CAN CHINA BECOME THE NEXT BIG MARKET FOR BROADWAY?
“The magic of Broadway can be found in any country,” Tom Viertel, producer of a Chinese adaptation of The King and I, told CBN Weekly in 2006. Within three years, Viertel promised to “bring the entire Broadway industry to China,” including trained actors, directors, writers, designers, and marketing staff—but his plans were halted by the 2008 recession.
After several long-running shows shuttered on Broadway, though, the industry again looked upon China as an emerging market that could help save musical theater. But while China has become a fairly reliable market for Hollywood, theater audiences don’t seem to be singing from the same songbook.
More than a decade after Viertel’s vow, both domestic productions and touring shows still tend to play in only a handful of major cities, contributing to just two percent of China’s theatrical box office.
Western-style musical theater arrived in the 1920s with cabarets and musical films like The Jazz Singer, which were associated with Golden Age Hollywood and Shanghai decadence. During the New Culture Movement, writers and intellectuals tried to “improve” traditional Chinese operas with Broadway elements—rambunctious acting, energetic song and dance—but some were more interested in using the end-product as a political vehicle. “Reformed traditional dramas will not become opera, operetta, or revue,” wrote leftist playwright Ouyang Yuqian.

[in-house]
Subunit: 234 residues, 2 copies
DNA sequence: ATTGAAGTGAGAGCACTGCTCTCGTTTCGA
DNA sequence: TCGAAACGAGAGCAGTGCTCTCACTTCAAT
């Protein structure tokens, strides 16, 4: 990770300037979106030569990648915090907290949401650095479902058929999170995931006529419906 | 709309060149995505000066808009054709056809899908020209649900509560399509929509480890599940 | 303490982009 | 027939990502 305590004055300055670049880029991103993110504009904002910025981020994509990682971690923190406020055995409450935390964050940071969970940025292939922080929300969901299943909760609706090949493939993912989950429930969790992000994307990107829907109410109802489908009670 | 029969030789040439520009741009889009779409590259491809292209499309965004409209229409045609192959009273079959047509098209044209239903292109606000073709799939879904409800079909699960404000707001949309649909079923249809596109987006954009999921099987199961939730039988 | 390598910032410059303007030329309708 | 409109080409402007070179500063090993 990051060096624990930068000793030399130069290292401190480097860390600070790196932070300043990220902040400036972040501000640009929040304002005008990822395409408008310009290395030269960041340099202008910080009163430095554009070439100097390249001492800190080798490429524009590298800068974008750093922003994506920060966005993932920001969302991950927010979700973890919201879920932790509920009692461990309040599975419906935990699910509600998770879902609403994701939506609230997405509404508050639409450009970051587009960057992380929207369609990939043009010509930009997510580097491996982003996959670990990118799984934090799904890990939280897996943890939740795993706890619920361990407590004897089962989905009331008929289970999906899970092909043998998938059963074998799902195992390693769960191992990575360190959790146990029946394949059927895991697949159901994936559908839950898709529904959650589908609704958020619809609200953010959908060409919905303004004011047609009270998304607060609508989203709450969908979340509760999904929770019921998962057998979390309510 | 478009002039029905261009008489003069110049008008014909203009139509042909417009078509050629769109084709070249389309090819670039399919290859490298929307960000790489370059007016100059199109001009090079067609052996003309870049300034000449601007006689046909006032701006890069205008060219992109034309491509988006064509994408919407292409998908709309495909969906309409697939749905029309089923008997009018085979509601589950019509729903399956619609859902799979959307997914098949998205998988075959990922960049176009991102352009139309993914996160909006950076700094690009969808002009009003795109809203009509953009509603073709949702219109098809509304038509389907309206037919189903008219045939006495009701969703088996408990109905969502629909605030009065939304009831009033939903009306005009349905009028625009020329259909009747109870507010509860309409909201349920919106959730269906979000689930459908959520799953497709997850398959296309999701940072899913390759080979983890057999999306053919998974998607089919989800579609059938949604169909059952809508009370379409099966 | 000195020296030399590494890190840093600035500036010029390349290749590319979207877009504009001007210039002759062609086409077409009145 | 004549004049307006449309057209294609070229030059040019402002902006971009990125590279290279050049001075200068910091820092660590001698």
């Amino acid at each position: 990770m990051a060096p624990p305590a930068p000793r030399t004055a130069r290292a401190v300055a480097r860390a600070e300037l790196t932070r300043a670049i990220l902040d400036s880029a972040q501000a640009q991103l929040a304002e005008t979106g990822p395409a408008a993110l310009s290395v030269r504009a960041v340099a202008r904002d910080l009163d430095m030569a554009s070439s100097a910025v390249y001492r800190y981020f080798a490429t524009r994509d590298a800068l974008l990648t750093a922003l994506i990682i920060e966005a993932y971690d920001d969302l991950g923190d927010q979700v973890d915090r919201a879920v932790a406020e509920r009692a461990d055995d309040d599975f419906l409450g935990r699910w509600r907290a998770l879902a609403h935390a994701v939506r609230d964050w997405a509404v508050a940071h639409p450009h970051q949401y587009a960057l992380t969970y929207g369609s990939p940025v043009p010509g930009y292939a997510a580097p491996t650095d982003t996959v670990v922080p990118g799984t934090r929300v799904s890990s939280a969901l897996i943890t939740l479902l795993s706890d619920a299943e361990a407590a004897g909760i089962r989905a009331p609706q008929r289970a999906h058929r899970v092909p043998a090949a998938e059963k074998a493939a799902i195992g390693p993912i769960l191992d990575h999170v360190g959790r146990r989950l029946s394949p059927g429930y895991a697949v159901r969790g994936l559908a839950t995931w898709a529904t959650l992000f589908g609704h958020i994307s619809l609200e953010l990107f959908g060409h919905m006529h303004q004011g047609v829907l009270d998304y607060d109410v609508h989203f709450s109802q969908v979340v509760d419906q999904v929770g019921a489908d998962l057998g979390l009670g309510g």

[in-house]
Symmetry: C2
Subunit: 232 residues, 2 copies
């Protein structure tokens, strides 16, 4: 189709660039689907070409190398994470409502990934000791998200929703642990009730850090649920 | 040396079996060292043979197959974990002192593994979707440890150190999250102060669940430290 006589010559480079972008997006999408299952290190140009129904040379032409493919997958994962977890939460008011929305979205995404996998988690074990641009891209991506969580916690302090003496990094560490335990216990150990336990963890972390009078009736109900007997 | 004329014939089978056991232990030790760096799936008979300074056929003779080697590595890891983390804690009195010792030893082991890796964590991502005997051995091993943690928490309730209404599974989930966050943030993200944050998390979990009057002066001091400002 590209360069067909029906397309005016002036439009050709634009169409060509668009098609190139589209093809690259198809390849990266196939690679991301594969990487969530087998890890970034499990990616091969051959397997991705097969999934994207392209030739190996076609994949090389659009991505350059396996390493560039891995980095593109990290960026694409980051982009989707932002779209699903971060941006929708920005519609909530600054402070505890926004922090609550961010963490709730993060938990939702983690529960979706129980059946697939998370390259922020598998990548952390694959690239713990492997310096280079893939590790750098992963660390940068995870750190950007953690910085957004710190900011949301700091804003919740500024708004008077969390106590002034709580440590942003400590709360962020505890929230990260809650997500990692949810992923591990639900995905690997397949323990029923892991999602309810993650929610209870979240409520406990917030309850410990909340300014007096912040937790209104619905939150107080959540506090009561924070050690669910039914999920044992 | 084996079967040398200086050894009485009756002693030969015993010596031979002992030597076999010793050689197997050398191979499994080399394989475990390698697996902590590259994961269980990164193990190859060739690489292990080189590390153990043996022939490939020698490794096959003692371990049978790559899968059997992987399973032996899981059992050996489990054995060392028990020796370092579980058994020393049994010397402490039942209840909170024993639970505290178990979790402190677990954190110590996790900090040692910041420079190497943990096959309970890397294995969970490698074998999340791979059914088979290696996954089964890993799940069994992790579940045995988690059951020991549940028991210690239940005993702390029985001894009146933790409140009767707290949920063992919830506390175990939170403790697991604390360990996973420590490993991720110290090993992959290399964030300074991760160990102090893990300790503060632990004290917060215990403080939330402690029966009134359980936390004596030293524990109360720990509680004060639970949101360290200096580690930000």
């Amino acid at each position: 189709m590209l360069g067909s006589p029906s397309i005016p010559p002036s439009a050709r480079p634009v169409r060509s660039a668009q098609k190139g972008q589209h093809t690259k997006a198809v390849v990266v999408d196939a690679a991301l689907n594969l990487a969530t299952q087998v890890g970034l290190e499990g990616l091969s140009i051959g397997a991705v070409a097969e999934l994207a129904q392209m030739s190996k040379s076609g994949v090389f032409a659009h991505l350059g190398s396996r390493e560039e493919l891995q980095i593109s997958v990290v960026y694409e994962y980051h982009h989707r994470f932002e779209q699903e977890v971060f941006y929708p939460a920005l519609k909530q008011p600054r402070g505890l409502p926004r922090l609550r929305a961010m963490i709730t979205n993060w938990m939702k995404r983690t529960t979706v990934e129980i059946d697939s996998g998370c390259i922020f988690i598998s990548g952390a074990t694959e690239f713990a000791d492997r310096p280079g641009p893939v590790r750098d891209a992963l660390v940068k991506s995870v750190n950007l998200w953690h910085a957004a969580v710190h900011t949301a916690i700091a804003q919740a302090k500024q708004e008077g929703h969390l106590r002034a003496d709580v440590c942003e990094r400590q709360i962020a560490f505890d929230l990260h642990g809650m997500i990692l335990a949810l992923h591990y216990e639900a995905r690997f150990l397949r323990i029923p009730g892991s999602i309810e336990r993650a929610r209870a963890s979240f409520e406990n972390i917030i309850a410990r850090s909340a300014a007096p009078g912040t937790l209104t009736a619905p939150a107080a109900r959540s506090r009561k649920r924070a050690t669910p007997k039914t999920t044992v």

In the 1950s and 60s, different provinces competed
to create folk-inspired operatic blockbusters for the masses. Films like Third Sister Liu or The White-haired Girl were commercial successes as much as revolutionary propaganda. Broadway musicals were absent until 2002, when a production of Les Miserables had a three-week run in Shanghai.
There’s now little cultural memory for the form. “Many people don’t know the difference between musicals and opera,” theater producer Tian Yuan told entertainment blog Sansheng. “It’s not enough to market something as a good musical…we must describe what it’s like to experience a musical.” Yet Chinese cinema viewers paid 200 million USD to see La La Land in 2017, twice as much as any Chinese musical to date. China’s musical market is also getting a boost from middle class parents and teachers, ever-sensitive to new forms of education for children. In 2015, multiple celebrities supposedly took their children to see a Beijing production of The Phantom of the Opera for “development education.” Some in the industry are hopeful that greater exposure to musicals of any form could cultivate a new generation of actors and audiences.
“A portion of parents register for our classes just to expose their children to English language and American culture,” admits musical theater educator Wang Xiujuan, director of the Beijing Playhouse. “Once they’ve been exposed, though, I see greater understanding and appreciation.”